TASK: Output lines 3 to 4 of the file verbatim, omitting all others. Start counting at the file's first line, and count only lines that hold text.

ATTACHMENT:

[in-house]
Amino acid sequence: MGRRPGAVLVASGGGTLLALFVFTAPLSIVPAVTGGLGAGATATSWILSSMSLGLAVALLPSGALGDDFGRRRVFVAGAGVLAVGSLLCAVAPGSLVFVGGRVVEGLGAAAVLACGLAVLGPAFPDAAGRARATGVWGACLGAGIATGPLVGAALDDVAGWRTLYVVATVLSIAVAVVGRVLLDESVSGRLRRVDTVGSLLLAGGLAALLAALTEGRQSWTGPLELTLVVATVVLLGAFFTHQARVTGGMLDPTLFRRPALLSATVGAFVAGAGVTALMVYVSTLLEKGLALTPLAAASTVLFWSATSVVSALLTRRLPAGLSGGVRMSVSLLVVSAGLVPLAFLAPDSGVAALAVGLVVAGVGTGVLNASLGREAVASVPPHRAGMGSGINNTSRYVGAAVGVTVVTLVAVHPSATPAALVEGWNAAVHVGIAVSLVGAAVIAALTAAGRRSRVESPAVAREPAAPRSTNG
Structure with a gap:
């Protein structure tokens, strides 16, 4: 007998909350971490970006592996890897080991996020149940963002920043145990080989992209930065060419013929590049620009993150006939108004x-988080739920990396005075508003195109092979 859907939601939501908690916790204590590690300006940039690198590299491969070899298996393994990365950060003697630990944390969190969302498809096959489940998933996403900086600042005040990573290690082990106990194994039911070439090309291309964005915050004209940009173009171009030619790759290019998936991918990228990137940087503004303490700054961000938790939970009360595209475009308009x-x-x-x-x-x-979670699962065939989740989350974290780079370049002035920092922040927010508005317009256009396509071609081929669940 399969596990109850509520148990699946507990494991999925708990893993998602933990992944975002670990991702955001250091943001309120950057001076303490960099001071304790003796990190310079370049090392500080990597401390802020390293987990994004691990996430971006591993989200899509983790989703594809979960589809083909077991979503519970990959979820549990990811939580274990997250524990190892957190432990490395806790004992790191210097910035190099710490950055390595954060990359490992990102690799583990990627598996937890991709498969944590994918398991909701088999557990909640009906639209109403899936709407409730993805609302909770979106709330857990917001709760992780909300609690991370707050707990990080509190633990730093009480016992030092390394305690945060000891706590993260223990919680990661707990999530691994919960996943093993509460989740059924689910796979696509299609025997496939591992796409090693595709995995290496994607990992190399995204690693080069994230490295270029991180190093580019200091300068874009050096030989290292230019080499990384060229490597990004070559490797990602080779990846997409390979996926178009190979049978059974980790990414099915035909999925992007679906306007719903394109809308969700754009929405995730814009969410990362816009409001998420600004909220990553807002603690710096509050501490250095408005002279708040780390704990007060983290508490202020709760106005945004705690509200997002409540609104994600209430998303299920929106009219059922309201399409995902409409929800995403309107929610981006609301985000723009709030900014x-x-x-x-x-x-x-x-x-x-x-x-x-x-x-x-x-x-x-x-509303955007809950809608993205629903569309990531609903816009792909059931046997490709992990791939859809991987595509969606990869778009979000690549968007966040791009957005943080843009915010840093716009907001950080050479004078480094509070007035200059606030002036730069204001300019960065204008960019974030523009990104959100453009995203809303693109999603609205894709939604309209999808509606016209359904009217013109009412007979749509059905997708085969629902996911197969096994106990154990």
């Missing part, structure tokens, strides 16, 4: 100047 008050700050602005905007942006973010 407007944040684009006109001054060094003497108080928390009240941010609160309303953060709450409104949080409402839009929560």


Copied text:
Structure with a gap:
């Protein structure tokens, strides 16, 4: 007998909350971490970006592996890897080991996020149940963002920043145990080989992209930065060419013929590049620009993150006939108004x-988080739920990396005075508003195109092979 859907939601939501908690916790204590590690300006940039690198590299491969070899298996393994990365950060003697630990944390969190969302498809096959489940998933996403900086600042005040990573290690082990106990194994039911070439090309291309964005915050004209940009173009171009030619790759290019998936991918990228990137940087503004303490700054961000938790939970009360595209475009308009x-x-x-x-x-x-979670699962065939989740989350974290780079370049002035920092922040927010508005317009256009396509071609081929669940 399969596990109850509520148990699946507990494991999925708990893993998602933990992944975002670990991702955001250091943001309120950057001076303490960099001071304790003796990190310079370049090392500080990597401390802020390293987990994004691990996430971006591993989200899509983790989703594809979960589809083909077991979503519970990959979820549990990811939580274990997250524990190892957190432990490395806790004992790191210097910035190099710490950055390595954060990359490992990102690799583990990627598996937890991709498969944590994918398991909701088999557990909640009906639209109403899936709407409730993805609302909770979106709330857990917001709760992780909300609690991370707050707990990080509190633990730093009480016992030092390394305690945060000891706590993260223990919680990661707990999530691994919960996943093993509460989740059924689910796979696509299609025997496939591992796409090693595709995995290496994607990992190399995204690693080069994230490295270029991180190093580019200091300068874009050096030989290292230019080499990384060229490597990004070559490797990602080779990846997409390979996926178009190979049978059974980790990414099915035909999925992007679906306007719903394109809308969700754009929405995730814009969410990362816009409001998420600004909220990553807002603690710096509050501490250095408005002279708040780390704990007060983290508490202020709760106005945004705690509200997002409540609104994600209430998303299920929106009219059922309201399409995902409409929800995403309107929610981006609301985000723009709030900014x-x-x-x-x-x-x-x-x-x-x-x-x-x-x-x-x-x-x-x-509303955007809950809608993205629903569309990531609903816009792909059931046997490709992990791939859809991987595509969606990869778009979000690549968007966040791009957005943080843009915010840093716009907001950080050479004078480094509070007035200059606030002036730069204001300019960065204008960019974030523009990104959100453009995203809303693109999603609205894709939604309209999808509606016209359904009217013109009412007979749509059905997708085969629902996911197969096994106990154990």